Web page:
Some PX-10s which were imported to the US in the 1970s were specified for standard 9/16" pedal threads. They were often (but not always) marked on the back of the crank arm "9/16 - 20
" along with the length of the arm in millimeters, such as "170". Even when un-marked, or even stamped "14x125
" (indicating French threads), they were often modified after purchase by local bike shops. You can test a standard pedal on the crank. If it is threaded for standard pedals it may actually fit, although perhaps tightly after all these years, so be sure to use a bit of grease on the threads. If they are French threads, it will be absolutely impossible to thread the pedal into the smaller hole more than perhaps a turn or two, so don't try to force it or you could ruin the cranks. Better to re-tap the threads.
The Stronglight cranks were very good quality and should clean and polish up very nicely with a bit of aluminum polish. The holes for the chainring bolts were drilled at diameter of 122 mm from the center axle - versus 130 for modern Shimano. This means the smallest possible chainrings available for the cranks were 38 tooth rings rather than 39 for Shimano, unfortunately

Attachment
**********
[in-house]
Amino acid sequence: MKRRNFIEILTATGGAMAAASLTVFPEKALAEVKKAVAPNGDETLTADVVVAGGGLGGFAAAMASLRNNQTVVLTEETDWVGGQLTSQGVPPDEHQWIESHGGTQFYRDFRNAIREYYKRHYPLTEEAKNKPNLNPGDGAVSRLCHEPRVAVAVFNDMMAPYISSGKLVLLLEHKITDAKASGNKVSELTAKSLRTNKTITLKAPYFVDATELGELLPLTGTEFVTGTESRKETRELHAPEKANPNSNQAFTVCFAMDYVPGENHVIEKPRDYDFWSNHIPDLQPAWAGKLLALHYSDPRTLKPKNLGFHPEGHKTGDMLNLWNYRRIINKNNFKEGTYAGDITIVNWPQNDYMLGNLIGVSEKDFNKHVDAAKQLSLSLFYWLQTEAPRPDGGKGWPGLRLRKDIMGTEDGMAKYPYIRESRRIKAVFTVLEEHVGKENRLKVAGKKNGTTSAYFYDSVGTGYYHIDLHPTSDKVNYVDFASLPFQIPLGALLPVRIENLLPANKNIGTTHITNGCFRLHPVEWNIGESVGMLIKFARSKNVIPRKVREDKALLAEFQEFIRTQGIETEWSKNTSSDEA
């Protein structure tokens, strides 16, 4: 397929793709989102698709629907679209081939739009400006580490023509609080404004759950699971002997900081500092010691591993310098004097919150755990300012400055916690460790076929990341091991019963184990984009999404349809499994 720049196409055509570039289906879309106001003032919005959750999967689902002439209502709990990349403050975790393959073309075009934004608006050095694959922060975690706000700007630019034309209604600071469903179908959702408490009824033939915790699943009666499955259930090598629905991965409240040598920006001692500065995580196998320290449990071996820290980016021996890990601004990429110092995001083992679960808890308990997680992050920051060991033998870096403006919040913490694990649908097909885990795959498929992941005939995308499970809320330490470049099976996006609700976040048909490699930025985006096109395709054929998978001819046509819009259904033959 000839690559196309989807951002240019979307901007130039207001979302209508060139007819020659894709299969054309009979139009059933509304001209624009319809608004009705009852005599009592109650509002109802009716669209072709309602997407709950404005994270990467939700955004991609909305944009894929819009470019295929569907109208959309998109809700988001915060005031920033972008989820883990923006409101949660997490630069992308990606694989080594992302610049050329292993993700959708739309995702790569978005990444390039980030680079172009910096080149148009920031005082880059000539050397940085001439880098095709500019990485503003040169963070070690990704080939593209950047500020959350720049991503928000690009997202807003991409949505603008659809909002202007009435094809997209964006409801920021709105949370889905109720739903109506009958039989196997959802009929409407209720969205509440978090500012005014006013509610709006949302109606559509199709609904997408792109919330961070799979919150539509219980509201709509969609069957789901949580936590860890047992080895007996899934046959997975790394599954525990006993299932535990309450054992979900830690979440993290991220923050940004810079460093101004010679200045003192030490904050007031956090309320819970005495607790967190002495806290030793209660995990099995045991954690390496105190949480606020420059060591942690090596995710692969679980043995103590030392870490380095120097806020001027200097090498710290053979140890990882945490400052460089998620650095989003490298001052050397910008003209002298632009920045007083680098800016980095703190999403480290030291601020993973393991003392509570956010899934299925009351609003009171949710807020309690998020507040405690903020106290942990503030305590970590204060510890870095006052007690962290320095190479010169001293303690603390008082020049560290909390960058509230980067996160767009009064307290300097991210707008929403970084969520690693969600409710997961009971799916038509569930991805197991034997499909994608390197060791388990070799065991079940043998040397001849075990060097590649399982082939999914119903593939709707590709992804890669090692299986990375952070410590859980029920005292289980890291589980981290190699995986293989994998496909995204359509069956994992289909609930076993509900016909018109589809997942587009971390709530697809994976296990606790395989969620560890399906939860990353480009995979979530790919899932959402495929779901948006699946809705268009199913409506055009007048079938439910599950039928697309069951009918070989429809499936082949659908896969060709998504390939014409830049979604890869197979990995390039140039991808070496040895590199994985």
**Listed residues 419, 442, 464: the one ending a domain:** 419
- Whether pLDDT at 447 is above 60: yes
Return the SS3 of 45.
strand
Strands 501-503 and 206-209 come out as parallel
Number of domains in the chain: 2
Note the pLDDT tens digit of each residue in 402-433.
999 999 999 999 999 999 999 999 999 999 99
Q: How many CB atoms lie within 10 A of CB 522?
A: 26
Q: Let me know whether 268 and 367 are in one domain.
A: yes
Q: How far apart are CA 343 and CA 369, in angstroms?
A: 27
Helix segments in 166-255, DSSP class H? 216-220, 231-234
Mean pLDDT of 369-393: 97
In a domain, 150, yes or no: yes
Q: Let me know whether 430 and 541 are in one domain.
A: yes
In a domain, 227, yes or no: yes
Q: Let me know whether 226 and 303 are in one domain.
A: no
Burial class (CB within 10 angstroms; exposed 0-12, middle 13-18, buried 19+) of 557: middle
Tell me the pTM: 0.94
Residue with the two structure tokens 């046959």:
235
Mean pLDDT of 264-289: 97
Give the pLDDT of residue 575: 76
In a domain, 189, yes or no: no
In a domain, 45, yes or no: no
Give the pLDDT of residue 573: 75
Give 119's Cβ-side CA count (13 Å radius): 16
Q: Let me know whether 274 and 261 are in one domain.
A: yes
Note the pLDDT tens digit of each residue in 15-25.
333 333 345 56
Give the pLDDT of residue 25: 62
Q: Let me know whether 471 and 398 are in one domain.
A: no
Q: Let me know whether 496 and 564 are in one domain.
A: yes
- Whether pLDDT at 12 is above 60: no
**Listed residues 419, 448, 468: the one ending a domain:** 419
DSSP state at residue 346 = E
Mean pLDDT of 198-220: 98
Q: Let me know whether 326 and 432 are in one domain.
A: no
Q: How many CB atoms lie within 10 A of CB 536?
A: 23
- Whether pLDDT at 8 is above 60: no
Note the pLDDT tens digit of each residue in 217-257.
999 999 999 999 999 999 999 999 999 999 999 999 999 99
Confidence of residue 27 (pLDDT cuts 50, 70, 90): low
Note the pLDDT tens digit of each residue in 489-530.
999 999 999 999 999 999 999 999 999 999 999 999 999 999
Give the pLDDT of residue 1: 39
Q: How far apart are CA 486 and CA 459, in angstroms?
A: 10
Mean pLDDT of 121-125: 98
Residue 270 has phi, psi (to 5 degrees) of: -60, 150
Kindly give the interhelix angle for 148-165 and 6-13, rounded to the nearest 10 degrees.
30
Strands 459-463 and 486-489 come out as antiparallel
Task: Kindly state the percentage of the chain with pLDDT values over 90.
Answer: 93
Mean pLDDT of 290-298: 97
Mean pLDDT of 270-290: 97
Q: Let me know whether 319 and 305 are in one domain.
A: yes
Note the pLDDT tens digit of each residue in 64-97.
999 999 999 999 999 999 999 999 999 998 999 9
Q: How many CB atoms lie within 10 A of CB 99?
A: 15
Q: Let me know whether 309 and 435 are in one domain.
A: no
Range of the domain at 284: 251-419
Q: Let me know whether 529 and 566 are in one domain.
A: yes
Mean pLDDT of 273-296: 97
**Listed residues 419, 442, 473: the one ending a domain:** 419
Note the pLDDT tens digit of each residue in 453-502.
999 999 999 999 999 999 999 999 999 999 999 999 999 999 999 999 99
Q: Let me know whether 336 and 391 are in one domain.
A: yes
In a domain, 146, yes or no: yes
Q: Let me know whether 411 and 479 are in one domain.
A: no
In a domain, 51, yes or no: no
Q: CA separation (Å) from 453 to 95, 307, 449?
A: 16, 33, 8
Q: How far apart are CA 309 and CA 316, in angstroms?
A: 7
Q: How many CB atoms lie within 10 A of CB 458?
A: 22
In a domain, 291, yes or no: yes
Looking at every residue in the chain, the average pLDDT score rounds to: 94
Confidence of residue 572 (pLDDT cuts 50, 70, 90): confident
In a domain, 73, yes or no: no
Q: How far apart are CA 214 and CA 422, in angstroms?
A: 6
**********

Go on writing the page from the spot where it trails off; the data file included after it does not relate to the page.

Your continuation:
, this small size VERY difficult to find. The small chainring on your bike was probably 45 teeth - or possibly 42t, if you're lucky. This would tend to give the bike a higher "low" gears than is now common, so you may wish to find a freewheel with a 28 or 30 or 32 tooth sprocket for the largest inner cog to compensate.
One bit of good news for you: _ You will be pleased to hear that the 5 chainring bolts were the same size as those used on most modern crank sets. So, if yours are at all rusty or corroded you can easily replace the set of bolts for just a few dollars.
I happen to LOVE old French bikes, but I'll be the first to admit that there are many frustrating issues to deal with - such as basically ALL
of the threads on the bike. But, you really can work around this without much difficulty, so just proceed cautiously... and ask lots of questions on this forum.